Thursday, May 10, 2012

The Current and Historical State of Race Relations in the United States Part 1

Despite the promises from the current President of the United States and his supporters that he represents the hope of a post racial era for our country, race relations appear to be as strained as they have been since the Civil Rights or "Civil War" (War for Southern Independence) periods.  Apparently, the mulatto occupying the White House has emboldened blacks to demand "their fair share" of entitlements and respect despite a continuing trend of higher crime and poor scholastic and professional achievement in the black community.  The Administration and Justice Department seem to simply harp on spreading the wealth and soaking the rich to "pay their fair share" instead of condemning the increasingly radical violent activities spreading across the country which is deepening the divide between the blacks and other ethnicities.  Almost 50% of Americans now have their hand out to receive some welfare or entitlement while a smaller fraction of the country provide jobs and pay into these social engineering programs which have proven to be a failure.  Is the slavery of yesteryear worse than the slavery on the federal dole for which over 37% of blacks are recipients.  33% of all welfare goes to blacks, the population of which comprises only 12% of the general population.  Despite the billions of dollars invested in social engineering projects and welfare meant to be a temporary assistance, a culture of underachievement, entitlement mentality and, dependence has evolved.  Was integration the solution?  Were more food stamps and ongoing Social Security for able bodied single mothers continuing to have children out of wedlock a solution?  A current radio advertisement pleading for continued full funding for Medicare states that over 50% of babies born in Alabama are "paid for by Medicaid".  That is appalling.  And now we have a mainstream media which seems to fan the flames of racial tension provocatively, skewing the facts of events to portray any white as the default instigator and culprit.  We have seen the injustice, the bias and blatantly unprofessional journalism regarding the Zimmerman/"Travon" Martin case and the result - an illegal bounty on Zimmerman's head by the New Black Panthers and seventeen (and counting) assaults on whites across the country by black gangs in the name of "Travon". And the mulatto President and Attorney General sit back moot except to say that Travon might look like what their son might have hypothetically.  Another irresponsible lack of leadership perhaps trumped only by Obama's "stupid Cambridge police" proclamation in a hasty, uninformed editorial regarding the arrest of a black professor on suspected breaking and entering charges.  What did the "Great Emancipator" (Lincoln) have to say about race relations?  Besides representing slave owners as a lawyer and marrying into one of the prominent slave holding families of Kentucky, Lincoln was quoted as saying, "I should not know what to do, as to the existing institution [of slavery]. My first impulse would be to free all the slaves, and send them to Liberia, to their own native land."  Free them but relocate them elsewhere, outside the United States. Asked whether freed blacks should be made "politically and socially our equals?" "My own feelings will not admit of this."  Equality? Lincoln thought not.  Affirmative action reeks of inequality and reverse discrimination - a preferential skin color bias... to be continued...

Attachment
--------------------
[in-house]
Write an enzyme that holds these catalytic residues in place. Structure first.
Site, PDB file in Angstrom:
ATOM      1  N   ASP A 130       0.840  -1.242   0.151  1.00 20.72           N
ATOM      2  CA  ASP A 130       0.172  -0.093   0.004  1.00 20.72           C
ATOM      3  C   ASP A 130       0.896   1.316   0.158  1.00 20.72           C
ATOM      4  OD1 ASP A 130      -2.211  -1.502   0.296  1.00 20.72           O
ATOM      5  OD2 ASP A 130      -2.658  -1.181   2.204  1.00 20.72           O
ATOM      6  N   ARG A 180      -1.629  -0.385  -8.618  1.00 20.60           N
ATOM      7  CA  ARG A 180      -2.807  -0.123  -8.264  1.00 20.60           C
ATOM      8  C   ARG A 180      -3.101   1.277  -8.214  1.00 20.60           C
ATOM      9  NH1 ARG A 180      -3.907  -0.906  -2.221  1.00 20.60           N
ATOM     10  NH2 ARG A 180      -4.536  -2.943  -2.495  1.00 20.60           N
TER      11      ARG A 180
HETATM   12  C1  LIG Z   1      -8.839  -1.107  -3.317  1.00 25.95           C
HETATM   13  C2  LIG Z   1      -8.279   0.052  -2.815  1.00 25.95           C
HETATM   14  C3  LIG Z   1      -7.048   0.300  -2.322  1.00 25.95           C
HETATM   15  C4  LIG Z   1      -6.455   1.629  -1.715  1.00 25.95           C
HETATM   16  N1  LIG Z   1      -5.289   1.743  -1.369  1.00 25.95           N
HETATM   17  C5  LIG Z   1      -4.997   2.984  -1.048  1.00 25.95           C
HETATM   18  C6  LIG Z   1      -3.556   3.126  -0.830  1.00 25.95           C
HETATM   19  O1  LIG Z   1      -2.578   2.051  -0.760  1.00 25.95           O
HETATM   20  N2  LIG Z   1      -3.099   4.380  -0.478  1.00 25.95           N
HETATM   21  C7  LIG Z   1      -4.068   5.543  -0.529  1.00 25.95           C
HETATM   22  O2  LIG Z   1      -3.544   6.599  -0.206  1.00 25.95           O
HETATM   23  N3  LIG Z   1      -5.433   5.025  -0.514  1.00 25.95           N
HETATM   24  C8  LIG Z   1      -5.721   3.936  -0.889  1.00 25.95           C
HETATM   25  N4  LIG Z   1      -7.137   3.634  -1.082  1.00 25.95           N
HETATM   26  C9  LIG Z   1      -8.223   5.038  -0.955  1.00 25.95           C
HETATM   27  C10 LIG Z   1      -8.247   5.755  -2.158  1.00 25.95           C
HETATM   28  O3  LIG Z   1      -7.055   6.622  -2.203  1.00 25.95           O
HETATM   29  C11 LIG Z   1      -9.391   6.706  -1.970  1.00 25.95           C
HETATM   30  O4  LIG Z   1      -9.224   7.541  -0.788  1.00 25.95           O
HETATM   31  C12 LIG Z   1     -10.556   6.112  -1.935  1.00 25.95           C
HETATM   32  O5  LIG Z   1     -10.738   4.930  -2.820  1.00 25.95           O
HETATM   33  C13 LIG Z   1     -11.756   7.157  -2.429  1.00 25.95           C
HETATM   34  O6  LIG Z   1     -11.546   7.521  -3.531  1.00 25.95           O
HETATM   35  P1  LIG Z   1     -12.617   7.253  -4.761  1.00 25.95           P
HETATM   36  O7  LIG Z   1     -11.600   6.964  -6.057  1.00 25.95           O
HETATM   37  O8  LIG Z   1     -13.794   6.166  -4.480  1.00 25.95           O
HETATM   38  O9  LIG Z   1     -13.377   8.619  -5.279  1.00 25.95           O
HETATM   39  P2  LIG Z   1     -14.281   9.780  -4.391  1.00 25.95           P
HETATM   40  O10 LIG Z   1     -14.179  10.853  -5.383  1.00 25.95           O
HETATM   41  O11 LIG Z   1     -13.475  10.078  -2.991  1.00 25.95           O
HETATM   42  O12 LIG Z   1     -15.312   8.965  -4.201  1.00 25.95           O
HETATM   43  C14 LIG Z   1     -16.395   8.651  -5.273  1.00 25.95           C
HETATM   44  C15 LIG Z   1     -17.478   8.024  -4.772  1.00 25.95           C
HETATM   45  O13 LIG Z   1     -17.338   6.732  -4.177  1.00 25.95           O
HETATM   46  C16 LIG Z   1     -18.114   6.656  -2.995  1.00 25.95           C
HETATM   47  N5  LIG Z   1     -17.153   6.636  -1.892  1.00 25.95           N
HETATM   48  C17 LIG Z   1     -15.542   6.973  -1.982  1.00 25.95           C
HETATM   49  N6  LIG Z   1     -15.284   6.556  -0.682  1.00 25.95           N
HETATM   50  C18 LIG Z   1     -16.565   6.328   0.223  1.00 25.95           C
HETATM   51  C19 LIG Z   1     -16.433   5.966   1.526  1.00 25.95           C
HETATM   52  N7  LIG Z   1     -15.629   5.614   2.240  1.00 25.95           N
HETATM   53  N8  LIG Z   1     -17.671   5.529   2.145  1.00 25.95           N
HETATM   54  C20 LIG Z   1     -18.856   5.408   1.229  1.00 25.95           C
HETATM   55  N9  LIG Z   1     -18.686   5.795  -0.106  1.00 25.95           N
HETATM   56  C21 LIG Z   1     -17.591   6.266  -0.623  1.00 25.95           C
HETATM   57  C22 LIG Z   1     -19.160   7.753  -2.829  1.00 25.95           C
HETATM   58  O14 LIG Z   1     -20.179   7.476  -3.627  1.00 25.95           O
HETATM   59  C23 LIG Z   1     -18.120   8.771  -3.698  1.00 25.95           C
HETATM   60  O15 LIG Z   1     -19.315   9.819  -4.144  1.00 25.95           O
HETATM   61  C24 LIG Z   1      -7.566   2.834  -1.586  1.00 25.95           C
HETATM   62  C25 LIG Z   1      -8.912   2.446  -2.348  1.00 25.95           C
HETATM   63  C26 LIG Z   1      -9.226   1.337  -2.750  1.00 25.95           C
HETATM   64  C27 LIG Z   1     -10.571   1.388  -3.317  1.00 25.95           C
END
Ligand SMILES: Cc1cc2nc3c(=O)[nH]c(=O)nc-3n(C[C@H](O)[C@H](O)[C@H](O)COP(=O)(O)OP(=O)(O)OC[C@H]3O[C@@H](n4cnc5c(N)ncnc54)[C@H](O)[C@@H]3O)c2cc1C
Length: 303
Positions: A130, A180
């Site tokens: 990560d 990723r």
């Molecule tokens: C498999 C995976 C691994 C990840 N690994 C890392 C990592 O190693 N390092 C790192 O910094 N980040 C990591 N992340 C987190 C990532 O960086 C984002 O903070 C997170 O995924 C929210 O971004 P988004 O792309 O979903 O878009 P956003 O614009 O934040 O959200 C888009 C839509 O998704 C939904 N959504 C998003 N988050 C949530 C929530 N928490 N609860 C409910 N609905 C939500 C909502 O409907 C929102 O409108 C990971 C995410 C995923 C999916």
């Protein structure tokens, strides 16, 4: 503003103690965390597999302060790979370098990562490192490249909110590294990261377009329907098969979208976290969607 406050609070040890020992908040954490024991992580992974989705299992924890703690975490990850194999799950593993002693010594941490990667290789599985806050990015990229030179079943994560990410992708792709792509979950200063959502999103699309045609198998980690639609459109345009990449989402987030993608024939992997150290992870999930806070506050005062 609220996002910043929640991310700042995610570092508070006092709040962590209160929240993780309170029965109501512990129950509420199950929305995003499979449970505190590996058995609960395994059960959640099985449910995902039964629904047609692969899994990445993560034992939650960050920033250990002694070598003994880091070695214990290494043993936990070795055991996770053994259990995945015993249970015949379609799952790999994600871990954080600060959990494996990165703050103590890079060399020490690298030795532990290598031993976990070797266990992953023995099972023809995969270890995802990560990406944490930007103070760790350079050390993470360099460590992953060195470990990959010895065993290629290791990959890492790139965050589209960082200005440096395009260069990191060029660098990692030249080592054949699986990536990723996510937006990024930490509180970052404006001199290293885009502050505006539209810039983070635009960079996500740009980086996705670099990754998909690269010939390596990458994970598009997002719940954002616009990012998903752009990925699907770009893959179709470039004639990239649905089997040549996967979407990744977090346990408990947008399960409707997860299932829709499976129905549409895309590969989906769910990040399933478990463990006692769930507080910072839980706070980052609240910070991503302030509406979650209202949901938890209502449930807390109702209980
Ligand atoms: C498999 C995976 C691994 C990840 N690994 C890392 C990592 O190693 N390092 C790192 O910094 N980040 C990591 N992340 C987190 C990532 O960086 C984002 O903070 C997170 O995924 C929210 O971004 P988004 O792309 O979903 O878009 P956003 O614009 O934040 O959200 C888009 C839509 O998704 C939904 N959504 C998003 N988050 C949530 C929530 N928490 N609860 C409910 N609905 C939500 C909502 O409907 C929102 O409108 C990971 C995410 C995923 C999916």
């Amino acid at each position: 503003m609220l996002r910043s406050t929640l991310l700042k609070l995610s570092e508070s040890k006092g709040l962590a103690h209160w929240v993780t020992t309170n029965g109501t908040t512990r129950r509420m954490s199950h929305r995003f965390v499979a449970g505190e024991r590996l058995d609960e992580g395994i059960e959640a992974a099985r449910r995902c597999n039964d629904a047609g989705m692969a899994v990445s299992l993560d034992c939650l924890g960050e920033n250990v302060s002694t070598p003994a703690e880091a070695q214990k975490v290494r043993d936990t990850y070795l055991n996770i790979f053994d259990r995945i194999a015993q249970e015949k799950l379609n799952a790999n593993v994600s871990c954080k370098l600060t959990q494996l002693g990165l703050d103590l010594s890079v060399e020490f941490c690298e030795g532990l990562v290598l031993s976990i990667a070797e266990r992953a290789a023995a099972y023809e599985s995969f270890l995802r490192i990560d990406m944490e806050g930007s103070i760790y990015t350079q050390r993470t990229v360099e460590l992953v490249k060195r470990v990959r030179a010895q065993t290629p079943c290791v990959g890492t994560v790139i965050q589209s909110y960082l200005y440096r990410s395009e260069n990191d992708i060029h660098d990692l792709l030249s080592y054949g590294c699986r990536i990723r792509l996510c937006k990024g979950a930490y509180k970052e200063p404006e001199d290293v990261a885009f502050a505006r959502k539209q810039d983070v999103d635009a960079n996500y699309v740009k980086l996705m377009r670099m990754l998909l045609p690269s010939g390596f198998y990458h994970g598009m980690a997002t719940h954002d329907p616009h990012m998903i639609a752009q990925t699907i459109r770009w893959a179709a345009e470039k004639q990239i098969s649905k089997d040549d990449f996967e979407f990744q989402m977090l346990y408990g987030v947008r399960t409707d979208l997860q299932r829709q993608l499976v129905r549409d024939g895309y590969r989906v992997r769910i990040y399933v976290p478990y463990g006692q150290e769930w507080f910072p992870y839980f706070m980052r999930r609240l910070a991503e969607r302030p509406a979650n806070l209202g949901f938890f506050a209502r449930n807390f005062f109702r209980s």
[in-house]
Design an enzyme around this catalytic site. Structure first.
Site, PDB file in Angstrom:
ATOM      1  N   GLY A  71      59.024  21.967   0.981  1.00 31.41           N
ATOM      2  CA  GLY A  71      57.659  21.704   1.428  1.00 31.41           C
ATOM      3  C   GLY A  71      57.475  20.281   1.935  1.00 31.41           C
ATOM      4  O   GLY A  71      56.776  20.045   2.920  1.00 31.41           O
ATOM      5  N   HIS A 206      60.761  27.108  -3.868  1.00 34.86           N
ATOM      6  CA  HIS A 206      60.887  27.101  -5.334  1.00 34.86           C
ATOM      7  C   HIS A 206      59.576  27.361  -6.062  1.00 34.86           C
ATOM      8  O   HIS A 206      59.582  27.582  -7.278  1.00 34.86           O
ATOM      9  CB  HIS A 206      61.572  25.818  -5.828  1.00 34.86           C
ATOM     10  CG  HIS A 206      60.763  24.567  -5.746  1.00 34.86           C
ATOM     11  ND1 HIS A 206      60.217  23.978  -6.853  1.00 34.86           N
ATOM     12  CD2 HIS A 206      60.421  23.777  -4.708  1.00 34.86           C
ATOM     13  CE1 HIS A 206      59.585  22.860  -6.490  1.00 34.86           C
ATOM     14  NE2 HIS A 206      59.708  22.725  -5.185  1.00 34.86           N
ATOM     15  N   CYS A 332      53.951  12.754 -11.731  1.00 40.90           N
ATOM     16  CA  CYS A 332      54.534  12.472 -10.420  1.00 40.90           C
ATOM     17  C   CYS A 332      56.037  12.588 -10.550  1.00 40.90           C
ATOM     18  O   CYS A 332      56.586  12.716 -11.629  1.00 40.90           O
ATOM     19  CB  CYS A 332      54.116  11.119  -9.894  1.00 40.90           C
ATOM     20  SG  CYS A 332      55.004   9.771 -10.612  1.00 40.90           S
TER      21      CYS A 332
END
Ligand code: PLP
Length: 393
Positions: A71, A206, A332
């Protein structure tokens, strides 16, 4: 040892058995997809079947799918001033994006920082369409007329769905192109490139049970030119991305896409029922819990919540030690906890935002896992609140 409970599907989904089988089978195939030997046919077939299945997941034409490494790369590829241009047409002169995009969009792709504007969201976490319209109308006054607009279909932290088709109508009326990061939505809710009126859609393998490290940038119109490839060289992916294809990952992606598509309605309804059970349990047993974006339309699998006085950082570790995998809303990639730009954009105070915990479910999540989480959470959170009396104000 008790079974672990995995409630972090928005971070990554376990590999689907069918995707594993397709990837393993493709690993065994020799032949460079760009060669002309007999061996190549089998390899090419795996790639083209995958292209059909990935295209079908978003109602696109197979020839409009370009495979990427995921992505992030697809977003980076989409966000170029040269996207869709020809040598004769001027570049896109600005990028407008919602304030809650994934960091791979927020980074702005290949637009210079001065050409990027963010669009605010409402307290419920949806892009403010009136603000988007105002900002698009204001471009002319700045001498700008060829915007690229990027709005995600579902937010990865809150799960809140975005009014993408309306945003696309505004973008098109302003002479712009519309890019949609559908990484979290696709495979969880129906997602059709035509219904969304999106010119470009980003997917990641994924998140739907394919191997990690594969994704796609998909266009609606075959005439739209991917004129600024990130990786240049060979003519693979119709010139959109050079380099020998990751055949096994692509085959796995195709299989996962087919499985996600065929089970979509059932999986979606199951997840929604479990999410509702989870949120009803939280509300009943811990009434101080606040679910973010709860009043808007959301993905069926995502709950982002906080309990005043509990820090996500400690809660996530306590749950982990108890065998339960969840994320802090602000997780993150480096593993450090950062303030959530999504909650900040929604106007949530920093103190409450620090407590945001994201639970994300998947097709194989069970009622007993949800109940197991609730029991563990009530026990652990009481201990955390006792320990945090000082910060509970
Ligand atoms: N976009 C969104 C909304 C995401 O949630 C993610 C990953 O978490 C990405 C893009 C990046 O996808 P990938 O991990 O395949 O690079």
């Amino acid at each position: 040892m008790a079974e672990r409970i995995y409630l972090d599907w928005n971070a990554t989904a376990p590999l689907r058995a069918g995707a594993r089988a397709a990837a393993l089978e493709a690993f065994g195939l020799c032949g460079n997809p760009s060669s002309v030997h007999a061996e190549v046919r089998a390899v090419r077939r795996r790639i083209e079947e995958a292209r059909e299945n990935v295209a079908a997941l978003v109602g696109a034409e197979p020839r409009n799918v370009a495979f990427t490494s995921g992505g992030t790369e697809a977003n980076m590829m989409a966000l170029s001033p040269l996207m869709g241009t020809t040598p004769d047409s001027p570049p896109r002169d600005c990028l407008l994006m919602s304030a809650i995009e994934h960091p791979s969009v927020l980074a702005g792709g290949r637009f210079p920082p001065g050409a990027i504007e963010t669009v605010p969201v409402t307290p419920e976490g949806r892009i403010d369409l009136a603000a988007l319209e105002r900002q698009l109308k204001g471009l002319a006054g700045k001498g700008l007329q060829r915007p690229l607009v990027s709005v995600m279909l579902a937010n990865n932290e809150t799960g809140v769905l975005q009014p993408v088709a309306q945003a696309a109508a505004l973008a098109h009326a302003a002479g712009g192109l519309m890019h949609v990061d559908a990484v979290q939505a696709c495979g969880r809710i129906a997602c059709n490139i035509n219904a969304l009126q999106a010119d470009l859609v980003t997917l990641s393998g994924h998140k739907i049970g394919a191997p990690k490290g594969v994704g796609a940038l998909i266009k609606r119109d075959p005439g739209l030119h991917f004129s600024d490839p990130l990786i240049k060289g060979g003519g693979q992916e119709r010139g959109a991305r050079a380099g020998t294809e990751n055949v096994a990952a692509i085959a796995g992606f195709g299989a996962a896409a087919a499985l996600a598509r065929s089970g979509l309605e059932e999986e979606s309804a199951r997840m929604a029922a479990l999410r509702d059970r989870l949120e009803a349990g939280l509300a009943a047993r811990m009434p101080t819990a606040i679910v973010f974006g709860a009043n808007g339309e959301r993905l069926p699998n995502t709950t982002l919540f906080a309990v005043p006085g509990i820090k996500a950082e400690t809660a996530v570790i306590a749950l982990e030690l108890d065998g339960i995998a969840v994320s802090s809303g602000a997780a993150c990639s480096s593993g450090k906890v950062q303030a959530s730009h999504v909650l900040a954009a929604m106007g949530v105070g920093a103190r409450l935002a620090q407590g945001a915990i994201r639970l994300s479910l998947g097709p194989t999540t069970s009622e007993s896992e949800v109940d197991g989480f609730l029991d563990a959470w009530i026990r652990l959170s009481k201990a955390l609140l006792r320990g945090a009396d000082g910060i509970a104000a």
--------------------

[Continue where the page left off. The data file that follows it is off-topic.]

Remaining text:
Wednesday, May 9, 2012

Prattville Dragoons Answering the Charge of the Sons of Confederate Veterans

April was a good month for the Prattville Dragoons who continue to answer the charge of the Sons of Confederate Veterans to remember and honor our brave and noble Confederate ancestors who fought and died for their homeland and liberty.  All officers of the Prattville Dragoons renewed their commitment to the cause and agreed to serve in the same capacity for the upcoming year.  The swearing in of the elected officers which include Commander Chris Booth, 1st Lt. Harold Grooms, 2nd Lt. Stuart Waldo, Treasurer Billy Leverette, Adjutant Wayne Sutherland and Chaplain Tom Snowden was performed at the annual picnic at the Confederate Memorial Park April 14th.   Scott Roberson joined Camp 1524 and was also sworn in at the annual picnic.  Scott is a relative of former Commander Wyatt Willis. Finally, like Chad Roten who last month agreed to step up and assume the responsibilities of Color Sergeant, Michael Williamson has answered the call and by appointment of Commander Booth, will assume the role of camp Quartermaster which has been ably filled by Jeff Potts and Wayne Sutherland over the past few years.

Tuesday, May 8, 2012

Prattville Dragoons SCV Camp 1524 May Meeting